The whole code to create a synthetic dataset and learn a neural network model with any of the four libraries mentioned above is wrapped into a Python class, trainFCNN(), and can be found in my Github repo.

tnn = trainFCNN(nb_pnt=2500, dataset='stripe')
tnn.plotPoints(idx=0)

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We then use the Tensorflow library to train a fully connected neural network. We define the network with the dims attribute. Since we want two hidden layers, with 3 and 2 neurons each, we set dims=[3, 2]. Input and output dimensions are inferred from the dataset itself.

The training will be happening within the train method.

At the end of the training stage, we visualize the loss history to check whether it has reached convergence and the model outcome for the whole domain grid with plotModelEstimate.

tnn.train(lib='tf', dims=[3, 2], activation='relu', nb_epochs=250, lr=0.005)
The final model loss is 0.000722280761692673
plt.plot(tnn.lossHistory)
plt.title(tnn.mdlDescription());

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tnn.plotModelEstimate(figsize=(16, 9))

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Amazing, so far so good!

Now we need to extract the network parameters and the values of each variable within it to visualize the forward flow through the network. Parameters and variables are stored in nn_prms and nn_vars, respectively.

We print out the dimension of each object. It is a series of 2D weights and 1D biases. The first weight matrix (2, 3) transforms the two inputs into three hidden variables in the first hidden layers. That’s why a (3,) bias comes next. The second transformation goes from 3 neurons to 2, while the last one from 2 to the sole output, 1.

{objNm: objVal.shape for objNm, objVal in zip(['W1', 'b1', 'W2', 'b2', 'W3', 'b3'], tnn.nn_prms)}
{'W1': (2, 3), 'b1': (3,), 'W2': (3, 2), 'b2': (2,), 'W3': (2, 1), 'b3': (1,)}

Since we have fed the entire dataset of 2500 points, we have 2D arrays for the variables with a fixed number of rows. The second dimension stems from the layer dimensionality.

{objNm: objVal.shape for objNm, objVal in zip(['X', 'z1', 'a1', 'z2', 'a2', 'z3', 'a3=Y'], [tnn.XX]+tnn.nn_vars)}
{'X': (2500, 2),
 'z1': (2500, 3),
 'a1': (2500, 3),
 'z2': (2500, 2),
 'a2': (2500, 2),
 'z3': (2500, 1),
 'a3=Y': (2500, 1)}

We define the structure fcnn, a Python dictionary, containing all the information required to visualize the network flow.

We treat the input as the output of a fictitious previous activation layer. The set of activation layers, $a^{(kk)}$, is retrieved from tnn.nn_vars[1::2], while the set of dense layers, $z^{(kk)}$, come from tnn.nn_vars[::2]. In a similar fashion, we extract weights and biases from tnn.nn_prms.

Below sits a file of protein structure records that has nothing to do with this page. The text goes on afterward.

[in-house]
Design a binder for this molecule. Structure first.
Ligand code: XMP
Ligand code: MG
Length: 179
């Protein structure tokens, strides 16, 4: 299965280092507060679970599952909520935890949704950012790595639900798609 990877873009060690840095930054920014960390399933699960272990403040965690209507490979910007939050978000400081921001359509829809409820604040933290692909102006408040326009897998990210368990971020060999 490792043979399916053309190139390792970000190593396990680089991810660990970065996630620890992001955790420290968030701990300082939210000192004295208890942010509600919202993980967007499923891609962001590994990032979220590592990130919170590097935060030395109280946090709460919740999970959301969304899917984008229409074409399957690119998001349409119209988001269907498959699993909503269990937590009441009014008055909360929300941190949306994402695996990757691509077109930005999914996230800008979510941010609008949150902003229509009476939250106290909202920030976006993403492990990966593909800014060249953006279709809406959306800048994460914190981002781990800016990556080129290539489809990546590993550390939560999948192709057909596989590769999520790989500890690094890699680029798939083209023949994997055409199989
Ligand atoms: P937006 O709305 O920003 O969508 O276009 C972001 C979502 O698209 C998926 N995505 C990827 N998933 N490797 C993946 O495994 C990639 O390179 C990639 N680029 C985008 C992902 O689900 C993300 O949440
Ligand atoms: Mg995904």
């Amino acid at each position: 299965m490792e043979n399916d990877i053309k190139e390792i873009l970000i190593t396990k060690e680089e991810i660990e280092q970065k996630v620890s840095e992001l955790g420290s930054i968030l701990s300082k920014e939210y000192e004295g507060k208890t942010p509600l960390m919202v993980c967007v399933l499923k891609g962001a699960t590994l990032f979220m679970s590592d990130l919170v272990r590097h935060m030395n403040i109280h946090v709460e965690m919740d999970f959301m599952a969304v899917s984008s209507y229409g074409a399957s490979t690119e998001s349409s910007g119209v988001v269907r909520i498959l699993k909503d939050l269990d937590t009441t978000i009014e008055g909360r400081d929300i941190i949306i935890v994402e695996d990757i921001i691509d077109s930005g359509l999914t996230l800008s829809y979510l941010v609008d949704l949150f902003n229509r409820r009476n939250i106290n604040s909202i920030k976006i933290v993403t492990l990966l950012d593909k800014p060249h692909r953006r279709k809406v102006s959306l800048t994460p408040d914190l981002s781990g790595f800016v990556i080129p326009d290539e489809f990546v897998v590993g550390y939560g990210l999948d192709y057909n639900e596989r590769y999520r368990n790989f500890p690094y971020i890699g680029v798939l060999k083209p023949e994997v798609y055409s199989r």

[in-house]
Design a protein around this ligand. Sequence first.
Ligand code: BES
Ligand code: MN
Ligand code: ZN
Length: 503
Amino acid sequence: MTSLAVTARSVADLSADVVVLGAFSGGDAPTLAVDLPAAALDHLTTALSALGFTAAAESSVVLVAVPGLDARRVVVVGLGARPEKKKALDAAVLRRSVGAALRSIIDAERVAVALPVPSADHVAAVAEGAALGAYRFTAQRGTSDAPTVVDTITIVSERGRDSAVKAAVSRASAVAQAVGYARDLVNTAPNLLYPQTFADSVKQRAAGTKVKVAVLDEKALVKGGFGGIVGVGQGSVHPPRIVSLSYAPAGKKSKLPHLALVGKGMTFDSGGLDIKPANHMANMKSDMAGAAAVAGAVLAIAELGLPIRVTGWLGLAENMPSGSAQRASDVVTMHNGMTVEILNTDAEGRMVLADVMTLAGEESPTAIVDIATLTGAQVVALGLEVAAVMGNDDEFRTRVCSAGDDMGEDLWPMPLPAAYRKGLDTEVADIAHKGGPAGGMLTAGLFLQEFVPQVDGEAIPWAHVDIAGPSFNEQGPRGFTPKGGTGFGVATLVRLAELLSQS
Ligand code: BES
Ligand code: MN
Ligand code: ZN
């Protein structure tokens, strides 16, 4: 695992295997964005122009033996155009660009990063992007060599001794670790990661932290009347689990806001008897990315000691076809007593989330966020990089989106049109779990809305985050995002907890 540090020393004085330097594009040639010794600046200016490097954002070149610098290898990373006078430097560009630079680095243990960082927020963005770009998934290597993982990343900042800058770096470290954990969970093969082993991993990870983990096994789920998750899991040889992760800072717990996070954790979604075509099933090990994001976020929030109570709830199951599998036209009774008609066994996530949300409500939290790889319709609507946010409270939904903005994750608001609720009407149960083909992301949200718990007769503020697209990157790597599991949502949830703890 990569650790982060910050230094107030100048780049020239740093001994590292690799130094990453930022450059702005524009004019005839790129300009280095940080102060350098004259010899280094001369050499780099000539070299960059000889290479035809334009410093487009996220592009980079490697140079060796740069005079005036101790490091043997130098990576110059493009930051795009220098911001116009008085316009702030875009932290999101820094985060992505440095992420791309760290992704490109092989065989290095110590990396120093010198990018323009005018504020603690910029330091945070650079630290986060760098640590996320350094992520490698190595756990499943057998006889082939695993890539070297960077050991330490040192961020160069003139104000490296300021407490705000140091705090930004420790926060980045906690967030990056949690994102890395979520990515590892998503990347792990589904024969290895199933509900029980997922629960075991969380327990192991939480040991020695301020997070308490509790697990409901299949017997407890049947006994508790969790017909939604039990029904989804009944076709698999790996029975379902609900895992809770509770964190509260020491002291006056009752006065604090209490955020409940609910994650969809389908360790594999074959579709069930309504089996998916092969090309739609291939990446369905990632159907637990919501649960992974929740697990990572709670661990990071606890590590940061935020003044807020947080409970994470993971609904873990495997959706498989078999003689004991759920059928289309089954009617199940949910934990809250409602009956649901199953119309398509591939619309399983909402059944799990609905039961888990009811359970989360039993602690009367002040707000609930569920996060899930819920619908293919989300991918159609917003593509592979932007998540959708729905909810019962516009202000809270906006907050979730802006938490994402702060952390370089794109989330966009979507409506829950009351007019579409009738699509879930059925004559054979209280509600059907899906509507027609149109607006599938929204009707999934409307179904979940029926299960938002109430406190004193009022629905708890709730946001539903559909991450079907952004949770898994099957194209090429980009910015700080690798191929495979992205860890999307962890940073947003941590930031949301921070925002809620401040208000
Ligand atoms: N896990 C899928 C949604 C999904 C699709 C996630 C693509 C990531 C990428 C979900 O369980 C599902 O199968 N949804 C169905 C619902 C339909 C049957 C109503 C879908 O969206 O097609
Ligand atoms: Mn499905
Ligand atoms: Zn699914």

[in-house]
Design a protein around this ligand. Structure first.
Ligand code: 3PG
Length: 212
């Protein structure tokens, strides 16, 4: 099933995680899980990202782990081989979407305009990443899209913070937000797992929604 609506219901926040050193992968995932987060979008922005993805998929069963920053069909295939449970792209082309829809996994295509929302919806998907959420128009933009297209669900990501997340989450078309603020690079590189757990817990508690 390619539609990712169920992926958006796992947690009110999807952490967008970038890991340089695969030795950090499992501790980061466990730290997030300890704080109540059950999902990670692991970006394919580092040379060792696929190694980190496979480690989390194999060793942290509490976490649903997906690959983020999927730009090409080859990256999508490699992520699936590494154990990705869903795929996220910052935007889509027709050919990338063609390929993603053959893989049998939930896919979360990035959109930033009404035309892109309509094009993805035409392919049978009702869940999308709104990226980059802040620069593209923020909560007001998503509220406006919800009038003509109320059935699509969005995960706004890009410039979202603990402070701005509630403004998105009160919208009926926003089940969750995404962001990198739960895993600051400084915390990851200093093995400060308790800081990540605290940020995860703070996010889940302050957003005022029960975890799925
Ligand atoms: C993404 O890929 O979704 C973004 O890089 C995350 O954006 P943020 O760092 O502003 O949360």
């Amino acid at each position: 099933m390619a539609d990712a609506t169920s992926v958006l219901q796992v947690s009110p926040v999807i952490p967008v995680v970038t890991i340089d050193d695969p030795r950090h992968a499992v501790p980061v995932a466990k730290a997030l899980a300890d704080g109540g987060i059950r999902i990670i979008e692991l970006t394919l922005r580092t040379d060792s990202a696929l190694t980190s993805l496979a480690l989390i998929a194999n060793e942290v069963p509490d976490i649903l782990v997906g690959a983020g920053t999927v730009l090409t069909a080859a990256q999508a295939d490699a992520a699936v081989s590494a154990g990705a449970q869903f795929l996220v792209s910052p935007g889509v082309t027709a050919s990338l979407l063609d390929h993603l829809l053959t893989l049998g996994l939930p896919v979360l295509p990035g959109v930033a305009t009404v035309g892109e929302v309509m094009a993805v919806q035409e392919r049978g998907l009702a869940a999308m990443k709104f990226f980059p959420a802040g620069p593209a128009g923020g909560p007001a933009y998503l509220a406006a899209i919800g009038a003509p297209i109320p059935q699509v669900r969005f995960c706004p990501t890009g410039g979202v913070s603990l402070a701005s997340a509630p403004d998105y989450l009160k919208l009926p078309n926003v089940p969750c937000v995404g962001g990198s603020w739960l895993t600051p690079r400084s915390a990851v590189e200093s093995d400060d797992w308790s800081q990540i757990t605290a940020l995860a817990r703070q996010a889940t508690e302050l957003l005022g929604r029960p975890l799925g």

fcnn = {'activations': [tnn.XX] + tnn.nn_vars[1::2],
        'linNeurons':tnn.nn_vars[::2],
        'weights': tnn.nn_prms[::2],
        'biases': tnn.nn_prms[1::2],}

5. What does this visualization class look like?

Let’s have a look at what we are going to build!

Here the dataset of 2500 points, where the sampled point (idx=10) is highlighted with a black circle.

idx = 10
tnn.plotPoints(idx=idx)

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We create an instance of the class and call the visualize method with a tuple of figure size as an attribute. The input coordinates are (0.44, 1.6) and the outcome is 0, the probability of the input to belonging to class 1 (blue). Let’s have a look at the top-most neuron of the first dense layer, -3.17. We get it as:

$$ 1.6\cdot (-2.21) + .44\cdot 2.23 - 0.62 \approx -3.17 $$

Since the activation function is the ReLu function, whatever is negative becomes 0, otherwise it does not change at all. The output layer employs a sigmoid function to return the probability of the input to belonging to class 1 (blue).

The logit is quite negative, -6.82, thus the probability is basically 0. The input belongs to class 0 (red) with probability equal to 1.

vnn = visFCNN()
vnn.visualize(fcnn, sample=idx, (15, 8))

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We take now a different point from class 1.

idx = 500
tnn.plotPoints(idx=idx)

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From the first hidden layer, the bottom-most neuron only survives and its weights from first to second layers become the second layer outputs (biases are indeed negligible). Highly positive weights at the end give a final logit of 29.67, which means 100% probability that it belongs to class 1.

Nice!

vnn.visualize(fcnn, sample=idx, (15, 8))